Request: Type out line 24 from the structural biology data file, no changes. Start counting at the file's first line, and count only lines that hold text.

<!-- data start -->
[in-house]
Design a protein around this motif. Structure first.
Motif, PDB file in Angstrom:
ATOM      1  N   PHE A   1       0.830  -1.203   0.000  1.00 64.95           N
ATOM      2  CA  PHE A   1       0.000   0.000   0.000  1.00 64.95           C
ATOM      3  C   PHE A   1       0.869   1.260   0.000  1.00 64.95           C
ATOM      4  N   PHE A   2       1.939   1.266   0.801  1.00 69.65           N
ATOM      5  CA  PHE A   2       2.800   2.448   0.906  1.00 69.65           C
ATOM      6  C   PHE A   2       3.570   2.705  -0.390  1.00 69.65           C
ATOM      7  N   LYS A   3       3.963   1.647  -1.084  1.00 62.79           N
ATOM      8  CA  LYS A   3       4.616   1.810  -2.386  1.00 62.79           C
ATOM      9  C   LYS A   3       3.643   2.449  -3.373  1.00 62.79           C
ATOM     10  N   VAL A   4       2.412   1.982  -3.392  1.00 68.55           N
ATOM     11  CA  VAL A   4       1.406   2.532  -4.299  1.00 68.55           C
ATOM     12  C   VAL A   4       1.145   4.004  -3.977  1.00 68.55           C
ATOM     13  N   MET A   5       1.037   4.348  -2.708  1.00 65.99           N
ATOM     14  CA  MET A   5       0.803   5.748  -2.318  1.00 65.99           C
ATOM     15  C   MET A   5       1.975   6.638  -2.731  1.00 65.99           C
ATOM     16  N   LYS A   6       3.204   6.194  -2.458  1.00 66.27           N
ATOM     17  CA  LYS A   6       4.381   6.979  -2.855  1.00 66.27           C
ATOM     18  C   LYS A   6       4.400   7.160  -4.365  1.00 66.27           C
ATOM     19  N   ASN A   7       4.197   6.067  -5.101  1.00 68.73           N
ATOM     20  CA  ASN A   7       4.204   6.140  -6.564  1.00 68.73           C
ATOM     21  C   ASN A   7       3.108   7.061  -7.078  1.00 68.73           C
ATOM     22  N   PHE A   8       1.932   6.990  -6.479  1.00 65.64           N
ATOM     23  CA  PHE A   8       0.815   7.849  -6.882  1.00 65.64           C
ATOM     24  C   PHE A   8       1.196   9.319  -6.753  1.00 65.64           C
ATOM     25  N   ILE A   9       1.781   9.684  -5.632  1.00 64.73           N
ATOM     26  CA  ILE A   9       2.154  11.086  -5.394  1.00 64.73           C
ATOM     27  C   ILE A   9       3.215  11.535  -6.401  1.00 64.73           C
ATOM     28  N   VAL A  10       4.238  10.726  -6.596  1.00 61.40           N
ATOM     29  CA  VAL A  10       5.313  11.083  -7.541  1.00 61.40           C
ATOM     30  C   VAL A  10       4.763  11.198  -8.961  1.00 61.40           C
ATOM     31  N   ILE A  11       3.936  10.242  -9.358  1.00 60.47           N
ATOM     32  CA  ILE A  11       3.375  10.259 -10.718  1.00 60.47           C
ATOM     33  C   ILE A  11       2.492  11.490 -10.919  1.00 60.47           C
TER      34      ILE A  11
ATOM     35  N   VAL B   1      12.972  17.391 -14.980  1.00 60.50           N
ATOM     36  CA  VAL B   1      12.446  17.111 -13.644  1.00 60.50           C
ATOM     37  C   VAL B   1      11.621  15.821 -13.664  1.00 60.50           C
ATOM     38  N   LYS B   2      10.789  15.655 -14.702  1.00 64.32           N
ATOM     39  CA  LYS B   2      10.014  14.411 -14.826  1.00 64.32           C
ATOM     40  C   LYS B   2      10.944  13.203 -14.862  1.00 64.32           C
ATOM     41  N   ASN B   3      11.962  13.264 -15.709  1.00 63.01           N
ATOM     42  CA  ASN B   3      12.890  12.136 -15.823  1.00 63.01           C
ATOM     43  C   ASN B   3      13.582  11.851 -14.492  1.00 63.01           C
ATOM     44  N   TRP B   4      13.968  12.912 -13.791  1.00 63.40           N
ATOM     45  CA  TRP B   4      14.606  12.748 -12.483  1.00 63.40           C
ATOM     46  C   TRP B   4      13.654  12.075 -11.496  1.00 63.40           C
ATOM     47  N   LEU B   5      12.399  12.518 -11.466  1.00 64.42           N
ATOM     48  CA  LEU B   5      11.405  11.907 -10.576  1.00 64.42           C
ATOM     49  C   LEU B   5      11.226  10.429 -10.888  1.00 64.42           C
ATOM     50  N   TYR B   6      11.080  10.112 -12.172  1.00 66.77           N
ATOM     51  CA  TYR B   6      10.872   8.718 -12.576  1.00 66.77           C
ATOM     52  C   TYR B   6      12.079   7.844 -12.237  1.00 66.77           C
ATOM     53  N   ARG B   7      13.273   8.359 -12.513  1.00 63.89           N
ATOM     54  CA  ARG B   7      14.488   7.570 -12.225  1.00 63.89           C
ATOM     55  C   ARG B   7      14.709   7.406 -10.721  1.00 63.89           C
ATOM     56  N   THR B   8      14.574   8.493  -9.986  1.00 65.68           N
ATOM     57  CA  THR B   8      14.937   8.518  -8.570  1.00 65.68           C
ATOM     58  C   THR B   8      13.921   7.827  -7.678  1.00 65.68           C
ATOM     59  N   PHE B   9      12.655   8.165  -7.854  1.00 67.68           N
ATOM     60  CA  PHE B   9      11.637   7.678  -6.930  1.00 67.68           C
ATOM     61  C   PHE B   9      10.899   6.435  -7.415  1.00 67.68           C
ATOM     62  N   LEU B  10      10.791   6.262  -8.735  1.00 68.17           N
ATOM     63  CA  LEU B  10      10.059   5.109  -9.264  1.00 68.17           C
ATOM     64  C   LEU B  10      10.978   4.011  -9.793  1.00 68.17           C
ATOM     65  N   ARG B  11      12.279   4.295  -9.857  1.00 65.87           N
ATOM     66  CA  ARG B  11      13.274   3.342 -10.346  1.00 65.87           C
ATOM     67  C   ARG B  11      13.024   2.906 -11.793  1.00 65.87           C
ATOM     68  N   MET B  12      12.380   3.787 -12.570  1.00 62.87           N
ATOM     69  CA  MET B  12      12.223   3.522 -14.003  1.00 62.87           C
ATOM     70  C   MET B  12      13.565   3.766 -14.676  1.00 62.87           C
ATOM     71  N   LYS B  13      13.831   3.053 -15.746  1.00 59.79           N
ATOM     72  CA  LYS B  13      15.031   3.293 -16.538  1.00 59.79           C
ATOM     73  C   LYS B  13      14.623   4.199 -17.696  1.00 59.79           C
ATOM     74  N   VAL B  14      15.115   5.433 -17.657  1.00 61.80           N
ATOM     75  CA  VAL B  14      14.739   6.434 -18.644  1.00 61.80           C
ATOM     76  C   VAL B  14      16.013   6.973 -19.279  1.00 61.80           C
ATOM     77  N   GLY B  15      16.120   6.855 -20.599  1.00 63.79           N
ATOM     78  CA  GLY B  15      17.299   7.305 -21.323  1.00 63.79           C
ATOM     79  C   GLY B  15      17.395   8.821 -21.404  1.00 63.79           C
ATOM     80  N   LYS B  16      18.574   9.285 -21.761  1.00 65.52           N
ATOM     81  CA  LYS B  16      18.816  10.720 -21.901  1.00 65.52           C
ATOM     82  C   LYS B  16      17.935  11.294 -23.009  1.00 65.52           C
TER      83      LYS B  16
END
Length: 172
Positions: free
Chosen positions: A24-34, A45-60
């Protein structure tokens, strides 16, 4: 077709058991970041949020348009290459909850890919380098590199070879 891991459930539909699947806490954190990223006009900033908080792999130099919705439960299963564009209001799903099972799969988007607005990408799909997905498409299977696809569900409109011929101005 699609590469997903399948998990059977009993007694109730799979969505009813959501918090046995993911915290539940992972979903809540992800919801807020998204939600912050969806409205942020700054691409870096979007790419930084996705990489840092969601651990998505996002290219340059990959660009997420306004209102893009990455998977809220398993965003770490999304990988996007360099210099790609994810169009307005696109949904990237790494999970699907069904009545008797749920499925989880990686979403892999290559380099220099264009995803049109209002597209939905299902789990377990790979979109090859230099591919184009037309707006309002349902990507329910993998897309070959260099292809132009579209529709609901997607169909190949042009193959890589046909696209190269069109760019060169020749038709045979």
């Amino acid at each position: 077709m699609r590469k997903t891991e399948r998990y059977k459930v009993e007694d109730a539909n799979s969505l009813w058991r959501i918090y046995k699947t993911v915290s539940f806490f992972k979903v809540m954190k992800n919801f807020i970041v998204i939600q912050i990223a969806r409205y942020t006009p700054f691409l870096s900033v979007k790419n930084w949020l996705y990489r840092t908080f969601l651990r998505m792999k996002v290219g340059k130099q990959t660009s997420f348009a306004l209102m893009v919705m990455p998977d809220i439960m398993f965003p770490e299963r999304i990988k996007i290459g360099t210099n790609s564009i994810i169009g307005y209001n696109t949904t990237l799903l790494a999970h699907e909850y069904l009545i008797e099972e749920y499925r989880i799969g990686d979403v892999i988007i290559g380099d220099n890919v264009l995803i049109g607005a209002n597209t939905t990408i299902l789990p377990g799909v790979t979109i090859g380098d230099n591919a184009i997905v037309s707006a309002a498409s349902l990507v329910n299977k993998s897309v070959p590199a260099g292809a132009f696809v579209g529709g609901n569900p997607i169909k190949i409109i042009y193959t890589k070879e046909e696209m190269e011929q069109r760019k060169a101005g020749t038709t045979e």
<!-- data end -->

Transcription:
ATOM     21  C   ASN A   7       3.108   7.061  -7.078  1.00 68.73           C